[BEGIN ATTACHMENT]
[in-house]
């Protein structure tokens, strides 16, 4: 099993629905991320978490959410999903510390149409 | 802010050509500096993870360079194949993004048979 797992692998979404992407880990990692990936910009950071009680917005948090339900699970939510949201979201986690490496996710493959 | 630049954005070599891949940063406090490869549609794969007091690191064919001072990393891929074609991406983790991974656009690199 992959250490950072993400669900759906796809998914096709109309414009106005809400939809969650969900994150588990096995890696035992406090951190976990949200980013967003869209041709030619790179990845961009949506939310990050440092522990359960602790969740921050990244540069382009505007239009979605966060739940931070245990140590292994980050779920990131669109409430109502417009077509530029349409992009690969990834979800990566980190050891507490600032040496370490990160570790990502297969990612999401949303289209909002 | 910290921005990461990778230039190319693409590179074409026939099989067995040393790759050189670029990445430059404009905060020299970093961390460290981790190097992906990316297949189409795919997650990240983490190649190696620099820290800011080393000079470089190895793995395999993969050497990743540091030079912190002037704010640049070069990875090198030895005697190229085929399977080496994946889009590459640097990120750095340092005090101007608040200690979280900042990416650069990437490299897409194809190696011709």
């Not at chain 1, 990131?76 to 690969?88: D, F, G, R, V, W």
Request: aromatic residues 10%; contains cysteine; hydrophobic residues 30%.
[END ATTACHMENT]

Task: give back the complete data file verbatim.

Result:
[in-house]
């Protein structure tokens, strides 16, 4: 099993629905991320978490959410999903510390149409 | 802010050509500096993870360079194949993004048979 797992692998979404992407880990990692990936910009950071009680917005948090339900699970939510949201979201986690490496996710493959 | 630049954005070599891949940063406090490869549609794969007091690191064919001072990393891929074609991406983790991974656009690199 992959250490950072993400669900759906796809998914096709109309414009106005809400939809969650969900994150588990096995890696035992406090951190976990949200980013967003869209041709030619790179990845961009949506939310990050440092522990359960602790969740921050990244540069382009505007239009979605966060739940931070245990140590292994980050779920990131669109409430109502417009077509530029349409992009690969990834979800990566980190050891507490600032040496370490990160570790990502297969990612999401949303289209909002 | 910290921005990461990778230039190319693409590179074409026939099989067995040393790759050189670029990445430059404009905060020299970093961390460290981790190097992906990316297949189409795919997650990240983490190649190696620099820290800011080393000079470089190895793995395999993969050497990743540091030079912190002037704010640049070069990875090198030895005697190229085929399977080496994946889009590459640097990120750095340092005090101007608040200690979280900042990416650069990437490299897409194809190696011709």
């Not at chain 1, 990131?76 to 690969?88: D, F, G, R, V, W």
Request: aromatic residues 10%; contains cysteine; hydrophobic residues 30%.